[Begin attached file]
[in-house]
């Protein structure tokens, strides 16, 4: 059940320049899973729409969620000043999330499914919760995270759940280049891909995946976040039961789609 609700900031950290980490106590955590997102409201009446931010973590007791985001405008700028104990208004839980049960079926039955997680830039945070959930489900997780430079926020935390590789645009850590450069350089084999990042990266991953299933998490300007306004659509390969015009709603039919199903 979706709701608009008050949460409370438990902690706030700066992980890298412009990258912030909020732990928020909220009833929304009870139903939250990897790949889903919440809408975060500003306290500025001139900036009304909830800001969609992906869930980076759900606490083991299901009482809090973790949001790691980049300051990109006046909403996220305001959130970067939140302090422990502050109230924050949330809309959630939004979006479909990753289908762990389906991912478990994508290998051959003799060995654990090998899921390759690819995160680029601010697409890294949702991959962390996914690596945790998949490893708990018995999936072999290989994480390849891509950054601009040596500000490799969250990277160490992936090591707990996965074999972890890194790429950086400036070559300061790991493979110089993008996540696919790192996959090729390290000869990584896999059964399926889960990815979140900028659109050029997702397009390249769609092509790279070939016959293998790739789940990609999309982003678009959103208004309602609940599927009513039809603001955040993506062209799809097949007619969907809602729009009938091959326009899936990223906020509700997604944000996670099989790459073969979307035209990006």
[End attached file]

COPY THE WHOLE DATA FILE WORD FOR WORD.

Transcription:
[in-house]
């Protein structure tokens, strides 16, 4: 059940320049899973729409969620000043999330499914919760995270759940280049891909995946976040039961789609 609700900031950290980490106590955590997102409201009446931010973590007791985001405008700028104990208004839980049960079926039955997680830039945070959930489900997780430079926020935390590789645009850590450069350089084999990042990266991953299933998490300007306004659509390969015009709603039919199903 979706709701608009008050949460409370438990902690706030700066992980890298412009990258912030909020732990928020909220009833929304009870139903939250990897790949889903919440809408975060500003306290500025001139900036009304909830800001969609992906869930980076759900606490083991299901009482809090973790949001790691980049300051990109006046909403996220305001959130970067939140302090422990502050109230924050949330809309959630939004979006479909990753289908762990389906991912478990994508290998051959003799060995654990090998899921390759690819995160680029601010697409890294949702991959962390996914690596945790998949490893708990018995999936072999290989994480390849891509950054601009040596500000490799969250990277160490992936090591707990996965074999972890890194790429950086400036070559300061790991493979110089993008996540696919790192996959090729390290000869990584896999059964399926889960990815979140900028659109050029997702397009390249769609092509790279070939016959293998790739789940990609999309982003678009959103208004309602609940599927009513039809603001955040993506062209799809097949007619969907809602729009009938091959326009899936990223906020509700997604944000996670099989790459073969979307035209990006």